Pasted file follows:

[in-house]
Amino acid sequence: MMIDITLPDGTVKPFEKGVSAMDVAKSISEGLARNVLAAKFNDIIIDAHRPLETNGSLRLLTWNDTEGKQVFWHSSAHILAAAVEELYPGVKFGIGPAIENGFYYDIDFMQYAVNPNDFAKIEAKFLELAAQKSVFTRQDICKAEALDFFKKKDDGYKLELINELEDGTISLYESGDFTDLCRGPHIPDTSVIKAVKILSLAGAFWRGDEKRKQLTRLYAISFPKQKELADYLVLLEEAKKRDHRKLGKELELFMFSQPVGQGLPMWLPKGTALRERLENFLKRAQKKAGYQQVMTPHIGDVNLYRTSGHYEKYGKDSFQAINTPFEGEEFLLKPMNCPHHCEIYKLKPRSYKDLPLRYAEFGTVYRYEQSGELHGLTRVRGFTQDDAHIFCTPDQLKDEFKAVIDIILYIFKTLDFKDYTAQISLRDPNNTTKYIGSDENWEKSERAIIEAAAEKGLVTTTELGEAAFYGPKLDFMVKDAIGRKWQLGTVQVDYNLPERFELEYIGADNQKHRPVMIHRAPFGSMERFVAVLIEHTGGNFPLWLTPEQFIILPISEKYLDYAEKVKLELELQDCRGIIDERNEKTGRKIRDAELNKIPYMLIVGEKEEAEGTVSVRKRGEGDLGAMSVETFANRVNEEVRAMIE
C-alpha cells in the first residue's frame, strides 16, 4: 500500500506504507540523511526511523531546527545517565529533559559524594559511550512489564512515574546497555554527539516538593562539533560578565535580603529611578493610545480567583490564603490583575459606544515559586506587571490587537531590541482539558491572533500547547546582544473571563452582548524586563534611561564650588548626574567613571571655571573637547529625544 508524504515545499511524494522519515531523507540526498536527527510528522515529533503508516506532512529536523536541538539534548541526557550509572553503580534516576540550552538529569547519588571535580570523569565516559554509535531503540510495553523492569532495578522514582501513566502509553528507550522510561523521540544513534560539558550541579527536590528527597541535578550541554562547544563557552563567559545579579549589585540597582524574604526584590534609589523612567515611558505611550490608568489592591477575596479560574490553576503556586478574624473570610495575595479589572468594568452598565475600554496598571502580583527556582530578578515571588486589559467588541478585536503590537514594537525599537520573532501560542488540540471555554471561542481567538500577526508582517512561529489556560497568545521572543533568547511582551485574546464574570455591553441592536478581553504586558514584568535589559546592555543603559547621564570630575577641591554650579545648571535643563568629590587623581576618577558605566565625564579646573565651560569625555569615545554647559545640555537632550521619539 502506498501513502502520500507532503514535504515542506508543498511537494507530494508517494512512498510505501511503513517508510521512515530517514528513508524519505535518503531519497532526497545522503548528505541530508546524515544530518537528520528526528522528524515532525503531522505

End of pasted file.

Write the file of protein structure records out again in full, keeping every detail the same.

[in-house]
Amino acid sequence: MMIDITLPDGTVKPFEKGVSAMDVAKSISEGLARNVLAAKFNDIIIDAHRPLETNGSLRLLTWNDTEGKQVFWHSSAHILAAAVEELYPGVKFGIGPAIENGFYYDIDFMQYAVNPNDFAKIEAKFLELAAQKSVFTRQDICKAEALDFFKKKDDGYKLELINELEDGTISLYESGDFTDLCRGPHIPDTSVIKAVKILSLAGAFWRGDEKRKQLTRLYAISFPKQKELADYLVLLEEAKKRDHRKLGKELELFMFSQPVGQGLPMWLPKGTALRERLENFLKRAQKKAGYQQVMTPHIGDVNLYRTSGHYEKYGKDSFQAINTPFEGEEFLLKPMNCPHHCEIYKLKPRSYKDLPLRYAEFGTVYRYEQSGELHGLTRVRGFTQDDAHIFCTPDQLKDEFKAVIDIILYIFKTLDFKDYTAQISLRDPNNTTKYIGSDENWEKSERAIIEAAAEKGLVTTTELGEAAFYGPKLDFMVKDAIGRKWQLGTVQVDYNLPERFELEYIGADNQKHRPVMIHRAPFGSMERFVAVLIEHTGGNFPLWLTPEQFIILPISEKYLDYAEKVKLELELQDCRGIIDERNEKTGRKIRDAELNKIPYMLIVGEKEEAEGTVSVRKRGEGDLGAMSVETFANRVNEEVRAMIE
C-alpha cells in the first residue's frame, strides 16, 4: 500500500506504507540523511526511523531546527545517565529533559559524594559511550512489564512515574546497555554527539516538593562539533560578565535580603529611578493610545480567583490564603490583575459606544515559586506587571490587537531590541482539558491572533500547547546582544473571563452582548524586563534611561564650588548626574567613571571655571573637547529625544 508524504515545499511524494522519515531523507540526498536527527510528522515529533503508516506532512529536523536541538539534548541526557550509572553503580534516576540550552538529569547519588571535580570523569565516559554509535531503540510495553523492569532495578522514582501513566502509553528507550522510561523521540544513534560539558550541579527536590528527597541535578550541554562547544563557552563567559545579579549589585540597582524574604526584590534609589523612567515611558505611550490608568489592591477575596479560574490553576503556586478574624473570610495575595479589572468594568452598565475600554496598571502580583527556582530578578515571588486589559467588541478585536503590537514594537525599537520573532501560542488540540471555554471561542481567538500577526508582517512561529489556560497568545521572543533568547511582551485574546464574570455591553441592536478581553504586558514584568535589559546592555543603559547621564570630575577641591554650579545648571535643563568629590587623581576618577558605566565625564579646573565651560569625555569615545554647559545640555537632550521619539 502506498501513502502520500507532503514535504515542506508543498511537494507530494508517494512512498510505501511503513517508510521512515530517514528513508524519505535518503531519497532526497545522503548528505541530508546524515544530518537528520528526528522528524515532525503531522505